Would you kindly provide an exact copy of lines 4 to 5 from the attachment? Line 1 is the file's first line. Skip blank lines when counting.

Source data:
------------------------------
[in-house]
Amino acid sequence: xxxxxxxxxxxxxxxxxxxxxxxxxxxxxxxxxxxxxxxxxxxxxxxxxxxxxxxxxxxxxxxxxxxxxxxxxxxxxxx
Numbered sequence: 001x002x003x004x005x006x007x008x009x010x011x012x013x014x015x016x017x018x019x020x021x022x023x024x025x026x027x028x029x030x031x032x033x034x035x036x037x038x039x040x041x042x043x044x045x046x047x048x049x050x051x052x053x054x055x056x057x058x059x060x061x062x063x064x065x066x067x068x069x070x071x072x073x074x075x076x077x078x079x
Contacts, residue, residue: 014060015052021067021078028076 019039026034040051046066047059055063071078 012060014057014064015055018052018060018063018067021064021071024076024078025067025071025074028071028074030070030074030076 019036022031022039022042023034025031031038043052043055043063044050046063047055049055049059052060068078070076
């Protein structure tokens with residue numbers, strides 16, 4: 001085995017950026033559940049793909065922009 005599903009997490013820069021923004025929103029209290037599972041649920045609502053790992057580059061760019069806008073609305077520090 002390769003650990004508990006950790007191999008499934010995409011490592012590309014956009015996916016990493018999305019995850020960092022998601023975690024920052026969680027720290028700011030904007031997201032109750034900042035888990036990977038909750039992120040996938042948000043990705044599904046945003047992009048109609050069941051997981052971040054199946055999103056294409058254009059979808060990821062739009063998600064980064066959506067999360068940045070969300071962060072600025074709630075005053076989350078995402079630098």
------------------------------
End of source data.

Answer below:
Contacts, residue, residue: 014060015052021067021078028076 019039026034040051046066047059055063071078 012060014057014064015055018052018060018063018067021064021071024076024078025067025071025074028071028074030070030074030076 019036022031022039022042023034025031031038043052043055043063044050046063047055049055049059052060068078070076
């Protein structure tokens with residue numbers, strides 16, 4: 001085995017950026033559940049793909065922009 005599903009997490013820069021923004025929103029209290037599972041649920045609502053790992057580059061760019069806008073609305077520090 002390769003650990004508990006950790007191999008499934010995409011490592012590309014956009015996916016990493018999305019995850020960092022998601023975690024920052026969680027720290028700011030904007031997201032109750034900042035888990036990977038909750039992120040996938042948000043990705044599904046945003047992009048109609050069941051997981052971040054199946055999103056294409058254009059979808060990821062739009063998600064980064066959506067999360068940045070969300071962060072600025074709630075005053076989350078995402079630098």